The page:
More on Transfer Tax Issues Post Windsor and the Legalization of Same-Sex Marriage

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In a recent Notice, the Internal Revenue Service set forth some administrative procedures helping taxpayers recalculate gift and generation-skipping transfer tax exemption with respect to gifts and bequests made to or for the benefit of a same-sex spouse, or descendants of same-sex spouses before the Supreme Court Case United States v. Windsor was decided, even though the statute of limitation for claiming such exemption had expired.

Prior to the Windsor decision, the U.S. government (and by extension, the Internal Revenue Service) did not recognize marriages of same-sex couples. In the Windsor case, the estate of a decedent sought to claim the estate tax marital deduction for bequests to the decedent’s same-sex spouse (the couple was legally married in Canada and their marriage was recognized by their home state of New York prior to

Planning and the Death of the Death Tax

Planning and the Death of the Death Tax

May 1, 2017

Authored by: Andrew Bleyer and Larry Brody

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On Wednesday afternoon the White House again proposed eliminating the so-called death tax as part of its tax reform plan, but the details remain sparse.  When pressed for specifics Director Cohn simply stated that with the implementation of the administration’s tax plan, the death tax would disappear.

The phrase “death tax” entered the popular lexicon by way of tax reformers wanting to summarize and caricature the several parts of the Federal transfer tax system.

30 Rock, Oysters, and Generation-Skipping Transfer Tax

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Billionaire David Rockefeller, the grandson of John D. Rockefeller, passed away recently at the age of 101.  In 2017, Forbes estimated that his fortune, investments in real estate, share of family trusts, and other holdings were worth $3.3 billion.  However, because of his family history, it is quite possible that a large portion of that $3.3 billion will not be subject to the estate tax upon his death.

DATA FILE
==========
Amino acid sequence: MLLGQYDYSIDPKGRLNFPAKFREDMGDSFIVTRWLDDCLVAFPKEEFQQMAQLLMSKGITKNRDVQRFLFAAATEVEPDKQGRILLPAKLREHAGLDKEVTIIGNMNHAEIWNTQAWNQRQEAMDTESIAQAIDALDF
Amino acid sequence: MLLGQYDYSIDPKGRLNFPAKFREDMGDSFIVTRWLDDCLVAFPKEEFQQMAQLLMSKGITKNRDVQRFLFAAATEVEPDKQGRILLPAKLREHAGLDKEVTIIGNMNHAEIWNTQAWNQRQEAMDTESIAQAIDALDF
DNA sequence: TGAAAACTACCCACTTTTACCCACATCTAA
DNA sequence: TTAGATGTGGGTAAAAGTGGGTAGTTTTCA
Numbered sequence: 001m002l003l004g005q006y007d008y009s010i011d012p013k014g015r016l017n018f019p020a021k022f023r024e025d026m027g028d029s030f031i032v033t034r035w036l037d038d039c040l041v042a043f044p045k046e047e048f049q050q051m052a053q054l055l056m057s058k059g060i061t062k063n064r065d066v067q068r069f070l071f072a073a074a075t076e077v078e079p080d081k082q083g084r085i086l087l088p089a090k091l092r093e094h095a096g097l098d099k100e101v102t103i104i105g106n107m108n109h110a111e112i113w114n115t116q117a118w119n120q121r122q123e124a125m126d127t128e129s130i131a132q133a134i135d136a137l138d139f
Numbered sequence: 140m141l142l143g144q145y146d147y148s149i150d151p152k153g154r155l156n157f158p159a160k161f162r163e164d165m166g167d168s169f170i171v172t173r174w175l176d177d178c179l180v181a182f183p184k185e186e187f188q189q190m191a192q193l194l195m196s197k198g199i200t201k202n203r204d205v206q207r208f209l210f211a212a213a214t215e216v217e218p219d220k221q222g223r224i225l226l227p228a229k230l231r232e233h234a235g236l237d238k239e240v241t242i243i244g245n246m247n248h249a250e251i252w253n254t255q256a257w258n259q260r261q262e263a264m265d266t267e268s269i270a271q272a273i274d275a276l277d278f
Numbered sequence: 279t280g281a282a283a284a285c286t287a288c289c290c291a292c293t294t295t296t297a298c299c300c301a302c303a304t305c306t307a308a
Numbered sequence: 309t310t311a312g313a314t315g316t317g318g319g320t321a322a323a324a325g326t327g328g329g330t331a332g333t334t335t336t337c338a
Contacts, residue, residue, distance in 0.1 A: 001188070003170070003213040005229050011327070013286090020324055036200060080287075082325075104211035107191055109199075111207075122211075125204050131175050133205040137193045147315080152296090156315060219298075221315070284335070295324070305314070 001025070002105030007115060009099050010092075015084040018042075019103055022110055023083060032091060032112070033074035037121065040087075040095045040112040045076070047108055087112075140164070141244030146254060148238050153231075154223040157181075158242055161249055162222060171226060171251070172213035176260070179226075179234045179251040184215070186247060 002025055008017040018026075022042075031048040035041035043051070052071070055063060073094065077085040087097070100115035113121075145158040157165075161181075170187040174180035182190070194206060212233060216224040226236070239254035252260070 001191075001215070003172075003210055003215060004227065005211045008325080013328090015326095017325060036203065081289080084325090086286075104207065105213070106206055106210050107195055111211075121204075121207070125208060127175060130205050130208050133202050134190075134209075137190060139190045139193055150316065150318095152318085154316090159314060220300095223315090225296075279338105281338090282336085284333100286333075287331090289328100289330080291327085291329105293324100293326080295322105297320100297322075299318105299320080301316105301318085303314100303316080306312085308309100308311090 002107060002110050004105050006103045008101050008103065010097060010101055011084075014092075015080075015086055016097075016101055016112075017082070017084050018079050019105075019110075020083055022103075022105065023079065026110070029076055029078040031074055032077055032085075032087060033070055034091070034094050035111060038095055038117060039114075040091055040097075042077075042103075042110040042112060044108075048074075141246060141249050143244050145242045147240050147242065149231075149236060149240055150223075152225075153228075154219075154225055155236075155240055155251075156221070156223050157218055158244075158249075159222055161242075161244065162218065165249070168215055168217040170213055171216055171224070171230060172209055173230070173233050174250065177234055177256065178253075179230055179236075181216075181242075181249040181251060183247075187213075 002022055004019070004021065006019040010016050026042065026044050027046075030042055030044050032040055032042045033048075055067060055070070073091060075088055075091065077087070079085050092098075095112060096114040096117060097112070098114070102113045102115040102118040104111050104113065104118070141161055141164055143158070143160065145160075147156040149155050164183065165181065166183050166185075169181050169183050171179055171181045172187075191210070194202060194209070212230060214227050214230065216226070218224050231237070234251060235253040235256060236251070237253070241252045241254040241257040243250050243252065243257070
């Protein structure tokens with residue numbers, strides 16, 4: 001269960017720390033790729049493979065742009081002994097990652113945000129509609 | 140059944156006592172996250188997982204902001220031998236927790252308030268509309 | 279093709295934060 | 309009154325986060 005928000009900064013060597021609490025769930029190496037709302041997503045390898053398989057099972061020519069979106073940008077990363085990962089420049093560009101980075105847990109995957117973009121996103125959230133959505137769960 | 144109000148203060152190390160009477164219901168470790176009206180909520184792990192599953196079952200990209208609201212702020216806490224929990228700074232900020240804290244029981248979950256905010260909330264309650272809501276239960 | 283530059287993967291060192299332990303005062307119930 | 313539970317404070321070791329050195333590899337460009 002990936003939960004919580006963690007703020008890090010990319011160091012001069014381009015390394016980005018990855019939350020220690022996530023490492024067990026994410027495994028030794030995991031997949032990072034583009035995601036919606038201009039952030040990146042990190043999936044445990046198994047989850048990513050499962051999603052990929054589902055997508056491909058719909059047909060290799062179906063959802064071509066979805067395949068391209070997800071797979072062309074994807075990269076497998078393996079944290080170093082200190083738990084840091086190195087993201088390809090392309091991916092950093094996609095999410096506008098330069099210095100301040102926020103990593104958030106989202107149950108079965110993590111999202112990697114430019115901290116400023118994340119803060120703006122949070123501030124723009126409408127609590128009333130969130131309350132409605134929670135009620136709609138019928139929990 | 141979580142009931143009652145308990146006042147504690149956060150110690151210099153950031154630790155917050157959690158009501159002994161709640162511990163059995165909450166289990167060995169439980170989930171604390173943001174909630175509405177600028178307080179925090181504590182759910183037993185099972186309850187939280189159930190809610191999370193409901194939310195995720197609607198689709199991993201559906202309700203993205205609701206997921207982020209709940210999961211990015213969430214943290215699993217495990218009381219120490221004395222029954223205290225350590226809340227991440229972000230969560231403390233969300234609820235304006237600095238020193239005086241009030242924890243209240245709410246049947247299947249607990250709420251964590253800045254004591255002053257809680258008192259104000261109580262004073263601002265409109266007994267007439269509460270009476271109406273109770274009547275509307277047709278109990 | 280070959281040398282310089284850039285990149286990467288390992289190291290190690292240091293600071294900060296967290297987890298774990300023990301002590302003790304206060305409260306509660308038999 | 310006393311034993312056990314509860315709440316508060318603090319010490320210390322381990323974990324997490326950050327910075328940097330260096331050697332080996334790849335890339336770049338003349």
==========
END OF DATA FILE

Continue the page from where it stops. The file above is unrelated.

Benefactors Beware: Fake Charities Included in IRS List of Top Tax Scams for 2017

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Written by Emily Manns and originally posted on BryanCaveCharityLaw.com

Every year, the IRS issues its “Dirty Dozen” Tax Scams list, a compilation of tactics and devices used by scam artists against taxpayers.  While the threat exists year-round, the IRS promulgates the list ahead of filing season. As susceptible taxpayers prepare their returns, they face a higher risk of being targeted.

Court Orders Administrator To Elect Portability

The following was written by Luke Lantta of Bryan Cave’s fiduciary litigation team and originally posted here

When the IRS enacted the portability election provisions in 2011, which allowed estates of married taxpayers to pass along the unused part of their estate and gift tax exclusion amount to their surviving spouse, it remarked that it “expect[ed] that most estates of people who are married will want to make the portability election. . . .”  But, to elect portability, an estate tax return must be filed in order to pass along the exclusion.  So, what happens when an executorrefuses to elect portability?  Take them to court, of course.